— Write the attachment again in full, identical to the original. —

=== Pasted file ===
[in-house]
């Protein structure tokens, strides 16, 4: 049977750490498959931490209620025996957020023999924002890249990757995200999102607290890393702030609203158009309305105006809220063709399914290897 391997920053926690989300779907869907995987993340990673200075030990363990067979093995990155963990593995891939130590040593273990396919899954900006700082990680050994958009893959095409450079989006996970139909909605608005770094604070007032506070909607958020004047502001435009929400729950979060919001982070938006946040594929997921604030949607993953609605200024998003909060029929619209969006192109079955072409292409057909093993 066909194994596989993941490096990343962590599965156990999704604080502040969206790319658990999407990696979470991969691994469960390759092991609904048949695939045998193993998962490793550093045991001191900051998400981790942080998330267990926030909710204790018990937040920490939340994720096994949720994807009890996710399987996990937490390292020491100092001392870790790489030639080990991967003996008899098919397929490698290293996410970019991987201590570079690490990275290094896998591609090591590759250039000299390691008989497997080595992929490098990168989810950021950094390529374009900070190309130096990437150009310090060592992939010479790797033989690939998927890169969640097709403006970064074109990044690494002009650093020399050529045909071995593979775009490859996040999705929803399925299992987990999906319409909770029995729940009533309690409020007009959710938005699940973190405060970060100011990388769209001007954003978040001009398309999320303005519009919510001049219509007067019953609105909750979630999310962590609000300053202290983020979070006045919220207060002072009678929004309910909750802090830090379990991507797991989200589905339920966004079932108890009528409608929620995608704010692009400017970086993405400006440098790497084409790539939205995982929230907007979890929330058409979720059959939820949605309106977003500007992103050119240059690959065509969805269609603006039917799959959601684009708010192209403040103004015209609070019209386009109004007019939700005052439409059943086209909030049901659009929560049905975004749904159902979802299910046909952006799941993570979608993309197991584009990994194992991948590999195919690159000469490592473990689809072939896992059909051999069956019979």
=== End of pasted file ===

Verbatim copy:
[in-house]
């Protein structure tokens, strides 16, 4: 049977750490498959931490209620025996957020023999924002890249990757995200999102607290890393702030609203158009309305105006809220063709399914290897 391997920053926690989300779907869907995987993340990673200075030990363990067979093995990155963990593995891939130590040593273990396919899954900006700082990680050994958009893959095409450079989006996970139909909605608005770094604070007032506070909607958020004047502001435009929400729950979060919001982070938006946040594929997921604030949607993953609605200024998003909060029929619209969006192109079955072409292409057909093993 066909194994596989993941490096990343962590599965156990999704604080502040969206790319658990999407990696979470991969691994469960390759092991609904048949695939045998193993998962490793550093045991001191900051998400981790942080998330267990926030909710204790018990937040920490939340994720096994949720994807009890996710399987996990937490390292020491100092001392870790790489030639080990991967003996008899098919397929490698290293996410970019991987201590570079690490990275290094896998591609090591590759250039000299390691008989497997080595992929490098990168989810950021950094390529374009900070190309130096990437150009310090060592992939010479790797033989690939998927890169969640097709403006970064074109990044690494002009650093020399050529045909071995593979775009490859996040999705929803399925299992987990999906319409909770029995729940009533309690409020007009959710938005699940973190405060970060100011990388769209001007954003978040001009398309999320303005519009919510001049219509007067019953609105909750979630999310962590609000300053202290983020979070006045919220207060002072009678929004309910909750802090830090379990991507797991989200589905339920966004079932108890009528409608929620995608704010692009400017970086993405400006440098790497084409790539939205995982929230907007979890929330058409979720059959939820949605309106977003500007992103050119240059690959065509969805269609603006039917799959959601684009708010192209403040103004015209609070019209386009109004007019939700005052439409059943086209909030049901659009929560049905975004749904159902979802299910046909952006799941993570979608993309197991584009990994194992991948590999195919690159000469490592473990689809072939896992059909051999069956019979």